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Born into the climate crisis 13.62 MB

New research into the frequency of climate-induced disasters reveals children worldwide will experience up to 24 times more extreme weather events in their lifetimes, compared to older generations, unless drastic action to curb emissions is taken.

Launched ahead of global climate talks in Glasgow, this report reveals the devastating impact the climate crisis will have on children and their rights if nations do not work together to limit warming to 1.5C as a matter of the greatest urgency.

In Australia, children born in 2020 can expect to experience four times as many heatwaves, three times as many droughts, as well as 1.5 times as many bushfires and river floods, under current trajectory of global emissions.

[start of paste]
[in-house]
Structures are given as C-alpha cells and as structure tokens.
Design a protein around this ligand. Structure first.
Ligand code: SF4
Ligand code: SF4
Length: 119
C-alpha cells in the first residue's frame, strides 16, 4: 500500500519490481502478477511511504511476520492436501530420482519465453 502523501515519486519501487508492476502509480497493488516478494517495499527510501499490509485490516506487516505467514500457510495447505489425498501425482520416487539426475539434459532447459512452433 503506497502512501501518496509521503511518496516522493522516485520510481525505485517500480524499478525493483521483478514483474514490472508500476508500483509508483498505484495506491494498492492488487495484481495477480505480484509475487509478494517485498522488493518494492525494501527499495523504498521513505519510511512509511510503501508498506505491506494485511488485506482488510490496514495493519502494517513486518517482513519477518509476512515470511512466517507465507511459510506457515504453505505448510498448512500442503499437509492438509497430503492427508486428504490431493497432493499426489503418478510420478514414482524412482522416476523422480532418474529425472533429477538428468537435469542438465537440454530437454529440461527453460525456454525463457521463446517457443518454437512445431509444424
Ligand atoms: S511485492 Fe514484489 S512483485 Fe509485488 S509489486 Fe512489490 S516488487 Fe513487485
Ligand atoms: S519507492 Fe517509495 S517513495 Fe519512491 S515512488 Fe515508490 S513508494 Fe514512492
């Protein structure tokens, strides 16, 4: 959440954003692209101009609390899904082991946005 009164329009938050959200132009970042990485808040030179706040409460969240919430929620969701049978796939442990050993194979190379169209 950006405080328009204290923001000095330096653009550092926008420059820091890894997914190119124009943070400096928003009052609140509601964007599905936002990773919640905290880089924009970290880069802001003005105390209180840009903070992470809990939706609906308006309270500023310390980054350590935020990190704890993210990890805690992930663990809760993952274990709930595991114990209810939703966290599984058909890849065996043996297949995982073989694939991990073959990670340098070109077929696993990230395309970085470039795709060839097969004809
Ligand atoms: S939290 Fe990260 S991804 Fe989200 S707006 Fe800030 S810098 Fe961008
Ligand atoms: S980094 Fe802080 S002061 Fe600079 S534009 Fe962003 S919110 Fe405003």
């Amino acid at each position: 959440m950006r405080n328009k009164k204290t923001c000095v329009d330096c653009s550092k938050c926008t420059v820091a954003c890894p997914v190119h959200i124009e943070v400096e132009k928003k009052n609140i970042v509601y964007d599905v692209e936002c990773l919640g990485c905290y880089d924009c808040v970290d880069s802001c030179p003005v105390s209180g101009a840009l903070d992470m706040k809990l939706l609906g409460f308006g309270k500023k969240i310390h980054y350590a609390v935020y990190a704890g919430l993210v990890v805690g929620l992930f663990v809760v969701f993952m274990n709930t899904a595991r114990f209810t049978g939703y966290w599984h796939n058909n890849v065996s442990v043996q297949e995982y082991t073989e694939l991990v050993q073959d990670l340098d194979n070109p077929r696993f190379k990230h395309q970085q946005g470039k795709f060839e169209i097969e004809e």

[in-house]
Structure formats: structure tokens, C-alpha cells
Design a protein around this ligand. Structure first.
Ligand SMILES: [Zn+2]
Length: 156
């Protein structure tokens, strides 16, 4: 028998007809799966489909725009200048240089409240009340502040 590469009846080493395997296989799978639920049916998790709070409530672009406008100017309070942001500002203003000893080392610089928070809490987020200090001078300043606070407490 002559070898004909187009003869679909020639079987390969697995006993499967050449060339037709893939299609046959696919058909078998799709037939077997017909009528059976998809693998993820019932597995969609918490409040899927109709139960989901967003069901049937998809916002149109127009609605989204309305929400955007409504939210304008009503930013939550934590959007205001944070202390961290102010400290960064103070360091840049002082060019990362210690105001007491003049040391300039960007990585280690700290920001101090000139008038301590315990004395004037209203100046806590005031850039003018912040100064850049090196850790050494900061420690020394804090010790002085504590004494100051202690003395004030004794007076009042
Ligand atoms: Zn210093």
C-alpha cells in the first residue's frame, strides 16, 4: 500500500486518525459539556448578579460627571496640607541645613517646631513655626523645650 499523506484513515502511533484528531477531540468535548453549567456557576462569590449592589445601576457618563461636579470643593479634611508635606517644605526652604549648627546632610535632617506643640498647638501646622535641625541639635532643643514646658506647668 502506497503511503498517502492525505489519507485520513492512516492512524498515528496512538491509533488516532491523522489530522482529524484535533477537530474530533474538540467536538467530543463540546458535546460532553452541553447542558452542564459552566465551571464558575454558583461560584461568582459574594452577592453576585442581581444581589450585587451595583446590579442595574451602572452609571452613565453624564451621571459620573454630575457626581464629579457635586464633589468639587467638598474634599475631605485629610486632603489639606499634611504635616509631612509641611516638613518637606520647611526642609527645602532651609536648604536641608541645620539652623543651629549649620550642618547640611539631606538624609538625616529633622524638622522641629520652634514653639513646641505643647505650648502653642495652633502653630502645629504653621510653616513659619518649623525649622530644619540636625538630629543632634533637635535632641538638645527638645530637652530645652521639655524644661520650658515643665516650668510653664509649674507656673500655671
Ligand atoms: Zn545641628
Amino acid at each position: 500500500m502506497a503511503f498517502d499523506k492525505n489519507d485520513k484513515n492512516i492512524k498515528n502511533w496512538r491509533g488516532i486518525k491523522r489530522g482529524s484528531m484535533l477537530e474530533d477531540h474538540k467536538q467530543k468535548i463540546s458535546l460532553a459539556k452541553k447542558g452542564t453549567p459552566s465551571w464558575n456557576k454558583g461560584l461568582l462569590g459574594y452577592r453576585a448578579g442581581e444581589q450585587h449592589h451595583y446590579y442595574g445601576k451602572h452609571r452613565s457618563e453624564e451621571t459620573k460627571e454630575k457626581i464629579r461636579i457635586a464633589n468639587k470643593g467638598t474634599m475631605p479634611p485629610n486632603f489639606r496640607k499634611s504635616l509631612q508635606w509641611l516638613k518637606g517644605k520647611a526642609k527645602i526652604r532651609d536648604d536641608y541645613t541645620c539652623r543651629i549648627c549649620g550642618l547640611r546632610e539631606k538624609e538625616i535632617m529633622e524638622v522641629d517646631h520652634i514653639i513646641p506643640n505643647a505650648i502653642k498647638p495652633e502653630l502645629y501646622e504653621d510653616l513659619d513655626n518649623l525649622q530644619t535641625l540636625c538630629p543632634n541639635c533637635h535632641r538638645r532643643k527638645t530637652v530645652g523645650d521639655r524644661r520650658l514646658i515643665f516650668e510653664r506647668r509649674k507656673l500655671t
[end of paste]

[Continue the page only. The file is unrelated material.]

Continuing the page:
This report is based on new modelling led by researchers at the Vrije Universiteit Brussel, which reveals that under Paris Agreement pledges, a child born in 2020 will experience on average: twice as many bushfires; almost three times as many crop failures; two and half times as many droughts; three times as many river floods; and seven times more heatwaves in their lifetime compared to Baby Boomers born in the 60s.

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